Similarly, no specific tests were performed to assess xerostomia G3/4 but patients’ spontaneous complaints and/or suggestive interview questions in regular FU visits including objective clinical assessment of severe oral mucosal dryness. When we implemented IMRT in the routine, swallowing dysfunction and xerostomia were graded in the first 100 IMRT patients using subjective patient-reported (EORTC head-and-neck 35-item swallowing and aspiration (QLQ-H&N35) quality-of-life (QOL) questionnaire) and objective observer-assessed instruments. As subjective estimations were well fitting with objective assessments in routinely clinical FU interviews , we did not continue to use the EORTC subjective estimation questionnaires for assessing clinical FU.
With respect to Lhermittes’ sign, no systematic specific assessments have been performed, which may likely would have revealed more events; however as this symptome is known for transient and spontaneous entire healing without any therapy, this is not of clinical consequence.
No case of brachial plexus neuropathy (BPN) with clinically evident dysfunction (grade >2) was diagnosed in our cohort (patients with post-IMRT neck dissection excluded); mild neuropathy (G1/2) may be missed without specific neurological examination.
In >90% of the cohort the pre-treatment standard imaging modality was PET–CT (mostly with intravenous contrast agent), + tomography (CT or MRI). Planning CT images (2 mm slice thickness) were acquired from the vertex or top of the orbita to the carina with contrast agent infusion in all eligible patients.
Gross tumor volume (GTV) delineation of all patients was based on physical examination and endoscopy as well as on diagnostic preoperative MRI, CT and PET. Contours and treatment plans were always evaluated by the same two staff radiation oncologists (CG/GS), in most cases also by a third staff physician.
Technique: Treatment plans were calculated by the Varian Treatment Planning System (Eclipse® External Beam Planning System, Version 7.3.10 and PRO 8.9, AAA 8.9, Varian Medical Systems).
We used an extended-field SIB-IMRT technique, where the primary tumor is covered in one phase along with the regional lymph nodes by a 6MV dynamic MLC system (Varian Medical Systems, Palo Alto, CA) using a sliding window technique (or using VMAT, since 04/2010). Patients were immobilized from head to shoulders with commercially available thermoplastic masks in the supine position.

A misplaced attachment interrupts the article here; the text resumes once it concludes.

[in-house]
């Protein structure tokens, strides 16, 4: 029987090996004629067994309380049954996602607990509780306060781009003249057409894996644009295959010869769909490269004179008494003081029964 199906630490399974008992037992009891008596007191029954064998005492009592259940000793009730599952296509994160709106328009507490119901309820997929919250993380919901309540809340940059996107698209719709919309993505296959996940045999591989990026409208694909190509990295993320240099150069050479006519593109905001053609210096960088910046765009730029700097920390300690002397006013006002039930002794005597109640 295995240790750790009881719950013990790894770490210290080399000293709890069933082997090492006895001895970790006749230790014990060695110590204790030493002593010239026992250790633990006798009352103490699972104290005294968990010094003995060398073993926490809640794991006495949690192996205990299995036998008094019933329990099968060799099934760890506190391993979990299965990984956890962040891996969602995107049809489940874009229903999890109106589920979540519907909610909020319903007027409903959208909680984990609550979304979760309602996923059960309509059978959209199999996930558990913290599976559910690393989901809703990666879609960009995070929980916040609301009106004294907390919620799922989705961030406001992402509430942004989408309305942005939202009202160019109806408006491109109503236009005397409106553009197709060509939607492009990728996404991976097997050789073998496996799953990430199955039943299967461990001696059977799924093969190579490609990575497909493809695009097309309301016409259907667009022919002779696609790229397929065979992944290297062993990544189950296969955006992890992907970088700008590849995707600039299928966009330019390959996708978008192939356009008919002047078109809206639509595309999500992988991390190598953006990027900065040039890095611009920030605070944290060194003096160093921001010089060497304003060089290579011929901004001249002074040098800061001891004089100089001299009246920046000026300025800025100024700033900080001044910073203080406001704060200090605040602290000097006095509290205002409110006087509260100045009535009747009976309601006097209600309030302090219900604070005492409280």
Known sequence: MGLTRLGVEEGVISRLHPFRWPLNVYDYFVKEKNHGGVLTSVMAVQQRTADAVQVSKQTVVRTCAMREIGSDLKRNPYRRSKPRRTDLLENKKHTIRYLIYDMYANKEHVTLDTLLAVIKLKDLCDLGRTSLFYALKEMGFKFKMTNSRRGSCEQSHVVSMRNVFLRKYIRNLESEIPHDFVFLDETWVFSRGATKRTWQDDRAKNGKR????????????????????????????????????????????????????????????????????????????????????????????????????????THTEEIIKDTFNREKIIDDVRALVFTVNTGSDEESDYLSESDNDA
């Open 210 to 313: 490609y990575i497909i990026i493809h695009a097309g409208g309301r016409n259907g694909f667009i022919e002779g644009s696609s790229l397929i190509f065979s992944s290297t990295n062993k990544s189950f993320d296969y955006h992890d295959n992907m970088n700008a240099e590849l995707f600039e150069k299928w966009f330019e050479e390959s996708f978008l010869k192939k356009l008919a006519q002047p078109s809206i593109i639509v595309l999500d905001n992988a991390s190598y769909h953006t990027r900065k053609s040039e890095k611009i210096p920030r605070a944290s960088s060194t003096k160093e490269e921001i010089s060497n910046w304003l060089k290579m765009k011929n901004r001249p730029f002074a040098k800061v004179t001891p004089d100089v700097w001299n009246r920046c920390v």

Target volumes were delineated as follows: GTV included the gross extent of the primary disease and involved lymph node metastases, taking clinical and radiological findings into account; planning target volume 1 (PTV1) was defined by adding a (5–) 10–20 mm margin to the GTV, dependent on the GTV proximity to critical structures (tight margins mainly if proximity of the GTV to the mandible bone, spinal cord or brachial plexus/CNS, generous margins towards tongue and pharyngeal wall, or in cases with difficult identification of the GTV, or if clinical findings not entirely represented in the available imaging); PTV2 covered areas considered at high risk for potential microscopic disease; PTV3 included the clinically negative cervical lymphatic pathways (elective PTV coverage).
SIB IMRT was performed using the following schedules:
SIB2.00: Daily dose 2.00 Gy (PTV1)/1.70 Gy (PTV2)/1.54 Gy (PTV3) to a total dose of 70.00 Gy (5 fractions/week).
SIB2.11: Daily dose 2.11 Gy (PTV1)/1.80 Gy (PTV2)/1.64 Gy (PTV3) to a total dose of 69.60 Gy (5 fractions/week).
SIB2.2: Daily dose 2.2 Gy (PTV1)/2.0 Gy (PTV2)/1.64 Gy (PTV3) to a total dose of 66.0 Gy (5 fractions/week).